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Research has shown that volunteering is beneficial for people of all ages.  Volunteering can connect you to your community and help you build new friendships, but that’s just the tip of the iceberg.

There is research that suggests volunteering is linked to lower stress levels and greater satisfaction with life.  It can help reshape or redirect our values, perspectives and even change our life goals.

Volunteering can provide a healthy boost to our self-confidence, self-esteem and life satisfaction. When we believe we are doing something beneficial and meaningful, it can ward off feelings of depression.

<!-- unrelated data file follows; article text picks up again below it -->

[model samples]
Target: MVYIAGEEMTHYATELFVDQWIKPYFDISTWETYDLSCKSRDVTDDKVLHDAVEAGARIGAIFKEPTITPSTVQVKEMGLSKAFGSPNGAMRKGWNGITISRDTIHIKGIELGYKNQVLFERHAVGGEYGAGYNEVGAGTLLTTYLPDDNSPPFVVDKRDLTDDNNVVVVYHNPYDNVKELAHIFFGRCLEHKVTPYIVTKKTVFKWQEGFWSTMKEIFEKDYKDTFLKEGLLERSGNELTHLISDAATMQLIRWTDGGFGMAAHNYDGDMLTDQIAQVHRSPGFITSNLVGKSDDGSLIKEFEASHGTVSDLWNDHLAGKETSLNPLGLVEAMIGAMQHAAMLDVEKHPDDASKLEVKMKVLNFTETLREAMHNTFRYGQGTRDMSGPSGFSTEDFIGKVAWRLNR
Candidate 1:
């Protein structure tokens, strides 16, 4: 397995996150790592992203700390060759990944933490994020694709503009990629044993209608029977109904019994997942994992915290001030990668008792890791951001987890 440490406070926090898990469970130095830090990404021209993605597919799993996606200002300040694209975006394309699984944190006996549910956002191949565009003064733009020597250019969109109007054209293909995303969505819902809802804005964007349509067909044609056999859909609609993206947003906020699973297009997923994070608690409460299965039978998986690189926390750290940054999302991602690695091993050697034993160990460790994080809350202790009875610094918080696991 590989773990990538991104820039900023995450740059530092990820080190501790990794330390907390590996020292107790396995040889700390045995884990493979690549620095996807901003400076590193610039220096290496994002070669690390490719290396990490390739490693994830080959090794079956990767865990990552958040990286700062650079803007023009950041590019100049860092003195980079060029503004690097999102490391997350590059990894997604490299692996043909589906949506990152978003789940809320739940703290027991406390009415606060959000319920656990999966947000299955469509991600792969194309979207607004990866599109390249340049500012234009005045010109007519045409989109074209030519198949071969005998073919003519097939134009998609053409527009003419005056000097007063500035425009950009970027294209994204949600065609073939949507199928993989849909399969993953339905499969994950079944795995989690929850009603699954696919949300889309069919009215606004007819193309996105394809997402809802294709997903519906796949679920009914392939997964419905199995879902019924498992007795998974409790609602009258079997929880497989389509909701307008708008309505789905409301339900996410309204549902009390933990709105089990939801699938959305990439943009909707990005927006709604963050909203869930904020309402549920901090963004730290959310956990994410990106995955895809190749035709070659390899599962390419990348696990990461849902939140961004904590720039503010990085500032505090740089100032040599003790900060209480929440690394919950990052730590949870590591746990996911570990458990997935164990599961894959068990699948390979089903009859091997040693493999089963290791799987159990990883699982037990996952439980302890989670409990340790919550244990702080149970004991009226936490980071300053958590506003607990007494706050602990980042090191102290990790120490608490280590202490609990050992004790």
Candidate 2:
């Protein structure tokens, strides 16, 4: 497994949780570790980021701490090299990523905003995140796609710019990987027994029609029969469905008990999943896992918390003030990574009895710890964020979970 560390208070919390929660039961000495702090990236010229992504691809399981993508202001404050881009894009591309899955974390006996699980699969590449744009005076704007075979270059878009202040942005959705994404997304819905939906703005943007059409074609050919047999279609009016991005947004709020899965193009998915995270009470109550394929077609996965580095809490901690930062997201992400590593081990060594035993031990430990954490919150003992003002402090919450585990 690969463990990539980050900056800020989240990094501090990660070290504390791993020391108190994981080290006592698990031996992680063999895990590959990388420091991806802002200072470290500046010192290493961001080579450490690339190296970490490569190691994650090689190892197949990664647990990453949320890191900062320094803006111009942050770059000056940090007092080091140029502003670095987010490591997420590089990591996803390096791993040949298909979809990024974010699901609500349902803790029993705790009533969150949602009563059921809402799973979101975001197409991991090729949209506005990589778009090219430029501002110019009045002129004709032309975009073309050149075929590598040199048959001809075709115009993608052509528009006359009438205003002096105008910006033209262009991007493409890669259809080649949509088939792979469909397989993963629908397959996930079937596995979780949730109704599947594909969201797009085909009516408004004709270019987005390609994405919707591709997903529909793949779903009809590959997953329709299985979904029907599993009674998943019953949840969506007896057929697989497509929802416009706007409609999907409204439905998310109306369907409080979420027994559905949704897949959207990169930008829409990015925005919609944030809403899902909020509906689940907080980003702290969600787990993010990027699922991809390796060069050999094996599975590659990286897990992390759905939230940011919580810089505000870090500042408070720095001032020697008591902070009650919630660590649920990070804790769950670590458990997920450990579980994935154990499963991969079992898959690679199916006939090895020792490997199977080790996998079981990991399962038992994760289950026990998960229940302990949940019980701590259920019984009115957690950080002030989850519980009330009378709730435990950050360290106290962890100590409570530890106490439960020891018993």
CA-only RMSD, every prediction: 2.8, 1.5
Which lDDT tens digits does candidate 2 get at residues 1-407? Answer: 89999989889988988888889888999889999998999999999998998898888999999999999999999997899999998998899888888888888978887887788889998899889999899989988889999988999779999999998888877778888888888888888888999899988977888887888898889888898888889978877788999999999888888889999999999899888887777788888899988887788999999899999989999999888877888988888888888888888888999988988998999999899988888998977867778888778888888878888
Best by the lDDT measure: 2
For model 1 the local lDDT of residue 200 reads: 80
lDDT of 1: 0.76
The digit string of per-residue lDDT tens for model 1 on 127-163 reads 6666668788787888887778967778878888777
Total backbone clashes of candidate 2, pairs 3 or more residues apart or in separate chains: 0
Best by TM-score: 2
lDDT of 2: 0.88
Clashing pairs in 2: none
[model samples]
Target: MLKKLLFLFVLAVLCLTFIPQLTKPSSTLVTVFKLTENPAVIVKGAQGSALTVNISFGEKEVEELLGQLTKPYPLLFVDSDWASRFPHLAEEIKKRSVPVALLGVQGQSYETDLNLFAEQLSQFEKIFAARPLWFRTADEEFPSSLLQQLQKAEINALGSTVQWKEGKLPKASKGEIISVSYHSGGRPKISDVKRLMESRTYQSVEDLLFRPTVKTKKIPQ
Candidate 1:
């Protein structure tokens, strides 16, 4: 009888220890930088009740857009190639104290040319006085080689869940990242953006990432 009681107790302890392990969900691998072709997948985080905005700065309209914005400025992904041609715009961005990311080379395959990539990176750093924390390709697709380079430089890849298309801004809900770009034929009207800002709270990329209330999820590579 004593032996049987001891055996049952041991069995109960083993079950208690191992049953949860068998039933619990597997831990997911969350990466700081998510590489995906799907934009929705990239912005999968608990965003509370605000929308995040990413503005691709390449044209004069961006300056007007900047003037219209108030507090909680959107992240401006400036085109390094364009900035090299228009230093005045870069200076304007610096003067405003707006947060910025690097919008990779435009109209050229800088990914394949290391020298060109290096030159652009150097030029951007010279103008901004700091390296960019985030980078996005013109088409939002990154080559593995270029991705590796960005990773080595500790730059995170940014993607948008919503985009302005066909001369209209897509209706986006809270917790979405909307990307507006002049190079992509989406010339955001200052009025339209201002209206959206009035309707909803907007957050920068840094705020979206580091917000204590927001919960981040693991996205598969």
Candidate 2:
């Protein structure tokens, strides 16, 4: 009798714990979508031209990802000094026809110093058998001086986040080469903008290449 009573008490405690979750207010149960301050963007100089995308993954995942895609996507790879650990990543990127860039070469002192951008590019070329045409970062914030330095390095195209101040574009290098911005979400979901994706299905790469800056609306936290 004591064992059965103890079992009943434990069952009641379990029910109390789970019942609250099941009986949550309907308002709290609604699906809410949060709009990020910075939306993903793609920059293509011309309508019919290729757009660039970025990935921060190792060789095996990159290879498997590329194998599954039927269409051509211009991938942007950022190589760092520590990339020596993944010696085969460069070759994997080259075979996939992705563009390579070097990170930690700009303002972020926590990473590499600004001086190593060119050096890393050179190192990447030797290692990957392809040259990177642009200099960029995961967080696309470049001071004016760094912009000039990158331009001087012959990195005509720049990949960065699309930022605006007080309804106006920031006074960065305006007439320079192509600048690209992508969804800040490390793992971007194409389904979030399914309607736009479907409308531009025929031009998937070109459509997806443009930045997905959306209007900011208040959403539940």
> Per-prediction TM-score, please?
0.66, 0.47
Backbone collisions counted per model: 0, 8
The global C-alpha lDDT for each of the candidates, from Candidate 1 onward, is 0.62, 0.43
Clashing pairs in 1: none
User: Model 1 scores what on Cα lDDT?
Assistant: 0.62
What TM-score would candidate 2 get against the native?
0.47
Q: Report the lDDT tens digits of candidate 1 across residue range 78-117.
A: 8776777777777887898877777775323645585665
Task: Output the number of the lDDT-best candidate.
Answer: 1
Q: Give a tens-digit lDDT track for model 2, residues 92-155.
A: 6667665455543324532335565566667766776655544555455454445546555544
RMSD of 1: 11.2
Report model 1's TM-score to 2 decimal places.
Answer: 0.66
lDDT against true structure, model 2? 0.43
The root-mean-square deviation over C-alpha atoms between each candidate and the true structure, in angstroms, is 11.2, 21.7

Volunteering can be a way to commit to new goals and define the kind of person we want to be. If we long to make the future different, we can combine our time and talents to create the world we dream about.

Volunteering is a fun way to explore or discover new skills.   Organizations are always looking for volunteers. Perhaps this is a way to investigate a new career or to develop new skills.

Someone in a volunteer leadership position at my former church found the courage and confidence from volunteering to pursue a higher education, which resulted in her being offered a promotion at her workplace. 

That same leader taught me some new desktop publishing skills, which have been invaluable in my work at WayPoint. We are both changed by the relationship and the work we did together.

The great thing about volunteer work is that there are as many ways to help as there are people.  Volunteering makes a difference in the lives of those you volunteer with, and the lives of those who benefit from your efforts.  

It's a great way to put our spirituality into practice.